Objective: The placebo effect, or response, has evolved from being thought of as a nuisance in clinical and pharmacological research to a biological phenomenon worthy of scientific investigation in its own right. The study of the placebo effect and of its negative counterpart, the nocebo effect, is basically the study of the psychosocial context around the treatment and the patient, and it plays a crucial role in the therapeutic outcome.
Methods: In recent years, different types of placebo responses have been analyzed with sophisticated biological tools that have uncovered specific mechanisms at the anatomical, physiological, biochemical and cellular level.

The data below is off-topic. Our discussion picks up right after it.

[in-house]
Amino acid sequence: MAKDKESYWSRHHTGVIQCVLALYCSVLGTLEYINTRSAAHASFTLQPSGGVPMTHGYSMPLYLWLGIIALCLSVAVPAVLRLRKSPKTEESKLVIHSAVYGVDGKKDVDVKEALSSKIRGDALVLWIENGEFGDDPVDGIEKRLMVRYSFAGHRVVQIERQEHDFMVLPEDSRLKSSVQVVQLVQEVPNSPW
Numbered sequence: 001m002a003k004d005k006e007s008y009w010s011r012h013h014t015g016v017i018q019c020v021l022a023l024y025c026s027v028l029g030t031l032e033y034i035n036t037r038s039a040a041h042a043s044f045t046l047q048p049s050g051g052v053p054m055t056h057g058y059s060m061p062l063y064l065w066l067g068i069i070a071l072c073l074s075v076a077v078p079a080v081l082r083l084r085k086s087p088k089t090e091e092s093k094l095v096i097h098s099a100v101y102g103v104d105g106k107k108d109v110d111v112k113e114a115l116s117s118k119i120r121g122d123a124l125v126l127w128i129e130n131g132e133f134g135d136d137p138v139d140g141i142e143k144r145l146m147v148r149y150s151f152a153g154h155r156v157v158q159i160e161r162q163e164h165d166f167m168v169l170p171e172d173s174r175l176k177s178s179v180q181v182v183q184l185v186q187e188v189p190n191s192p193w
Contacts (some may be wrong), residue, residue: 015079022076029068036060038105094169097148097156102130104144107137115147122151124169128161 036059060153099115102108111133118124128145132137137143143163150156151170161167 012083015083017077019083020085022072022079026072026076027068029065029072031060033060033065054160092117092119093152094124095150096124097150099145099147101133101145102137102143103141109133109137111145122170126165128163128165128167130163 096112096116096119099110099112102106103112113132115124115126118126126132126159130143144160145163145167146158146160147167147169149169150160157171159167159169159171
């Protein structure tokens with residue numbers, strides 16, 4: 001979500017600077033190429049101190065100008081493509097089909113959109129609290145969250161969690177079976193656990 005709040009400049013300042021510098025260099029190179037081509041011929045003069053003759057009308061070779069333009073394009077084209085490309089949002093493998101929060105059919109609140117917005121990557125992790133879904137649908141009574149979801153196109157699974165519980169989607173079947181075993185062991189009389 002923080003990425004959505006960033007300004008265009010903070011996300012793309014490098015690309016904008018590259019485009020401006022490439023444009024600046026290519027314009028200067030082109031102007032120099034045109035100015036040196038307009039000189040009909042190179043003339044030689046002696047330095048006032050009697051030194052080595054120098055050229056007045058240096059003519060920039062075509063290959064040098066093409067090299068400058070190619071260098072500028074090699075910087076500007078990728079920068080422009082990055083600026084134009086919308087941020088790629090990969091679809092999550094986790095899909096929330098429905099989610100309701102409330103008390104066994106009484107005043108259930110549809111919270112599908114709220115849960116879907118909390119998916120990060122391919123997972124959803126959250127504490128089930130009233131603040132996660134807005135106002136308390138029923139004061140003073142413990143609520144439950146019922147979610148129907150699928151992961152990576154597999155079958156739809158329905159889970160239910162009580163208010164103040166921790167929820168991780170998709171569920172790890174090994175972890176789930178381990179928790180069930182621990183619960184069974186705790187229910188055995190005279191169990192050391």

Results: Most of our knowledge about the neurobiological mechanisms of the placebo response comes from pain and Parkinson’s disease, whereby the neuronal circuits involved in placebo responsiveness have been identified. In the first case, opioidergic, dopaminergic and cholecystokinergic networks have been found to be involved. In the second case, dopaminergic activation in the striatum and neuronal changes in basal ganglia have been described.
Conclusion: This recent research has revealed that these placebo-induced biochemical and cellular changes in a patient’s brain are very similar to those induced by drugs. This new way of thinking may have profound implications both for clinical trials and for medical practice.